Anthony "Tony" Magestro--or known on the field of battle as Metzge--is an avid writer, gamer, and entrepreneur. When he's not writing, gaming, or entrepreneuring, he enjoys cooking, trippy movies, and trying to be awesome to varying degrees of success. Feel free to check out his LinkedIn page, especially if you need freelance help with content writing or digital marketing. Or just like to network, that's fine too.
If there’s one thing more enchanting than stories of war and heroism, it’s the tales of organized crime, gangsters, and that “bad boy” image everyone seems to fall in love with. Though The Godfather comes almost immediately to mind when one hears the words “Mafia,” “schmuck,” or “wise guy,” the title I’m thinking of at the moment is Mafia II, the game developed by 2K Czech that chronicles the life of Vito, a Sicilian immigrant to America who turns to a life of crime within the Mafia of Empire Bay during the 1940s and 50s.
WARNING: DUE TO THIS GAME’S EMPHASIS ON STORY, THERE MAY BE SPOILERS. READ AT YOUR OWN RISK.
From the get go, one can tell that 2K spent a lot of time on all the little details, from police officers driving around enforcing speed limits, to witnessing people working on broken down cars on the side of the road and others going about their daily routines. After Vito gets out of a taxi taking him home after serving his tour in Italy during WWII, you’re immediately immersed in this fictional American city. Snow gathers on parked cars (and subsequently drifts away as you drive and pick up speed) and vehicle damage is accurately depicted; police chase down hapless criminals on foot or on the road; you’re really in a living, breathing world.
Empire City and all its inhabitants provide a colorful setting and cast for Vito’s story, showing his evolution from misguided street urchin to Mafia enforcer. Though I’ve never personally belonged to any organized crime syndicates, Vito’s story is engaging and overall relatable, being the child of immigrants stuck with limited opportunities and unfortunate circumstances in a new country far from home.
Though the story and visual presentation are pretty thorough and well executed, the rest of this game, however, is about as sloppy as one of Vito’s buddy Joe’s half-baked plans. With all of the attention to aesthetic detail, the game falters in delivery and substance: gunplay is kind of lame and the checkpoint system is broken. In some missions, you have to start from the very beginning if you’re killed (which happens all too easily, especially when a guy with a Tommy gun or shotgun gets the drop on you).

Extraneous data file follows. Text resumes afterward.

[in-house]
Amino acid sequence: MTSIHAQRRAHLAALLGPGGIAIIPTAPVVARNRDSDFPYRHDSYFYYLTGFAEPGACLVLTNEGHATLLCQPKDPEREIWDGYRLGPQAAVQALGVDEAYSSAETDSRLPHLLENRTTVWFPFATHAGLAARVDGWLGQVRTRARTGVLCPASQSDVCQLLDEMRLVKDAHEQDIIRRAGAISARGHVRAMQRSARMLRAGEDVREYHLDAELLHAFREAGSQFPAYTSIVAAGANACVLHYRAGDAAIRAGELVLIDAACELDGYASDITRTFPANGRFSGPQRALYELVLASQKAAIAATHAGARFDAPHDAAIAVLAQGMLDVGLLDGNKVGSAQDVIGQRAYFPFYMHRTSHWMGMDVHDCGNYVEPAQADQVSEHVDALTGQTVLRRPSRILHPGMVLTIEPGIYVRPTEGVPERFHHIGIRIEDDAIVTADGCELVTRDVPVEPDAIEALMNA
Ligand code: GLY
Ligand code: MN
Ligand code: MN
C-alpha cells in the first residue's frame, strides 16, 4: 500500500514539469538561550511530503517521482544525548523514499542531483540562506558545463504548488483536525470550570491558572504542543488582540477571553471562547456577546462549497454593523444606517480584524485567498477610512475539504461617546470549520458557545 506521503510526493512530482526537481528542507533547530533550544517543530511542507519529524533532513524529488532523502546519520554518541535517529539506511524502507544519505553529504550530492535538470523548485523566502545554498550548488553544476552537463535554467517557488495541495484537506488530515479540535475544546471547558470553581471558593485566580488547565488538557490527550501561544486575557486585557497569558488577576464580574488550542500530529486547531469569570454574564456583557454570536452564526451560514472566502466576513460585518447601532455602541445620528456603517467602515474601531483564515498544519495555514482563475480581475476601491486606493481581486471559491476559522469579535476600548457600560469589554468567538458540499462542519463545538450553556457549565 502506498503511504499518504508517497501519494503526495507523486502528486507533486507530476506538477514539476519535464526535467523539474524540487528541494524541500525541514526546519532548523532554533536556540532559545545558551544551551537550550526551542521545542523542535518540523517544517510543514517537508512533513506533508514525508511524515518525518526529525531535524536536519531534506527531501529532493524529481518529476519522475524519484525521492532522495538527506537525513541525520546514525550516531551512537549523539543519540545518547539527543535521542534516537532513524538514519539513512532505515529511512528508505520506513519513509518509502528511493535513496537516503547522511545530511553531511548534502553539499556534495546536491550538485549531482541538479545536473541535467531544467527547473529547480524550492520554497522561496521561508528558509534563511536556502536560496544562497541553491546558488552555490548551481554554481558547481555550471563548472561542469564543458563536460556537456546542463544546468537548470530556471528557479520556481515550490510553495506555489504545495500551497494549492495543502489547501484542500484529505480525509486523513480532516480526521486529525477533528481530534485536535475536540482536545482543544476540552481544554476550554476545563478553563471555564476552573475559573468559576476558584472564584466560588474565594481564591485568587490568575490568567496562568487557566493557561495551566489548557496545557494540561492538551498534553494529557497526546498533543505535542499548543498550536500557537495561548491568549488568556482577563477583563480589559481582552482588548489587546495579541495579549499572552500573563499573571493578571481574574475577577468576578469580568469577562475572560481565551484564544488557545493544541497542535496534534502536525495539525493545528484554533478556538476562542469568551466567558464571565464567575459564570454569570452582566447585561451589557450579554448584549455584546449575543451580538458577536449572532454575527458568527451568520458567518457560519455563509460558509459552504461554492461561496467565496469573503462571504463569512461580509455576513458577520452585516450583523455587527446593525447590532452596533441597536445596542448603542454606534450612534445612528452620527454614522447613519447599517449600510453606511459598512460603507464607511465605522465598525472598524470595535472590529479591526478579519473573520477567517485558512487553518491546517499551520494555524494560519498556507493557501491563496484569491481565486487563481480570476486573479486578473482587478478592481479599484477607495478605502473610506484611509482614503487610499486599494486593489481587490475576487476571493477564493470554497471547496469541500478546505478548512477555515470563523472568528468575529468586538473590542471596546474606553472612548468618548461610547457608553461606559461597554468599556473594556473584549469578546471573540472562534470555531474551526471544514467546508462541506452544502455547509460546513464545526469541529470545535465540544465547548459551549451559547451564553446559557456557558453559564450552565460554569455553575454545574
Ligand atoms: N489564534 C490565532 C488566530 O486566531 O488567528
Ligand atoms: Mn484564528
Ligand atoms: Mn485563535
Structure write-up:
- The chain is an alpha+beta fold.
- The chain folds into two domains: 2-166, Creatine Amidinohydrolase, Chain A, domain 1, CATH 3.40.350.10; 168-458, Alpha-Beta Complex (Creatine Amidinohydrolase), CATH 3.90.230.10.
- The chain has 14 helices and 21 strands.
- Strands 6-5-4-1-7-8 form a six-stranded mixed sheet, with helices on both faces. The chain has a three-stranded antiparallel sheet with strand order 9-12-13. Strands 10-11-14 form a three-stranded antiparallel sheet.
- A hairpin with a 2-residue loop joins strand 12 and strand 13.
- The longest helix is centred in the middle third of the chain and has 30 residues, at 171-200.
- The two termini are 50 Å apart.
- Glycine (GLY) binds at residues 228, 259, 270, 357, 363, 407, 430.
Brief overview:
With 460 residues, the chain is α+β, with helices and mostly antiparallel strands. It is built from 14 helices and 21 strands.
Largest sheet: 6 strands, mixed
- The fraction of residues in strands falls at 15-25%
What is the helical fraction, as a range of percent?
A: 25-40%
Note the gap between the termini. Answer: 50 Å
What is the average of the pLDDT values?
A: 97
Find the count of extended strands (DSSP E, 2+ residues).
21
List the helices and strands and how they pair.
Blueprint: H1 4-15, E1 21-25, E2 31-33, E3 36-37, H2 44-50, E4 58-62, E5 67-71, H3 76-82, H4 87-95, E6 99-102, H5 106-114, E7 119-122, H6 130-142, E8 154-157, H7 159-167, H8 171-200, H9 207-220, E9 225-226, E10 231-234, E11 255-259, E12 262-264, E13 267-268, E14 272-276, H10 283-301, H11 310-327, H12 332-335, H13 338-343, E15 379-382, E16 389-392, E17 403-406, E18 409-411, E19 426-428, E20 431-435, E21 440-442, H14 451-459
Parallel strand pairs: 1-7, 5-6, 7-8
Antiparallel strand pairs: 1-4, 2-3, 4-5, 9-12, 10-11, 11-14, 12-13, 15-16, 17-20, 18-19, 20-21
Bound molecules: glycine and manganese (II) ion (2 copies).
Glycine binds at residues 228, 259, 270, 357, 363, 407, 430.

Moreover, aspects in other similar titles like Grand Theft Auto and The Godfather where you’re placed in an urban environment left to your own devices, concepts like driving across town that are usually fun are surprisingly mundane in Mafia II. That’s probably because the police are impartial when it comes to enforcing speed limits and the handling of 1940s and 50s automobiles are understandably terrible. Your drive-along buddies even critique you when you fail to stop at a red light. Oh, but popping some guy in the head that looks at you funny is perfectly acceptable.
Don’t get me wrong, Vito’s story is enthralling in its own right, but I feel that there was too much focus on too many little details for it to be truly engaging and fun. It would even be safe to say that the game misleads the player into believe it’s something it’s not. Given the open world, I thought there’d be more interaction with it rather than just a mere setting for the action. Empire Bay has plenty of gun shops, though I never needed to visit one because I always have weapons and ammo after scrounging it off of the bodies of my victims; there’s a junkyard that you can sell off cars to that you’ve stolen for some extra cash, but given the mission’s payouts and the emphasis on strictly following the story, you never need to chop up these rides.
Instead, you’re too busy fending off rapists or cleaning urinals in prison, trying to get across town against an unforgiving time limit, or evading police because they witnessed a car crash into you while you’re driving, but mistake you as the culprit. For the intelligent visual design of this game, it’s rather disappointing to see how stupid the AI is. The police car about how fast you’re going, but don’t respond to you stealing a car despite the screams of the women who’s ride you just jacked. One part in the story where your house is torched (I mean, how often do you hear about gang members doing this anyway?), everyone outside continues walking like there’s nothing going on.
Mafia II is an alright game, but I’d have to say I’d pass since it’s too linear for any sort of replayability and the tracks it has you on aren’t engaging enough to purchase the game, even at a discounted price. You’re honestly better off borrowing this title from a friend on the Xbox 360 or PlayStation 3 before you even think of buying a copy for yourself… but then again, you might as well just borrow it until you finish the game rather than spend any money at all.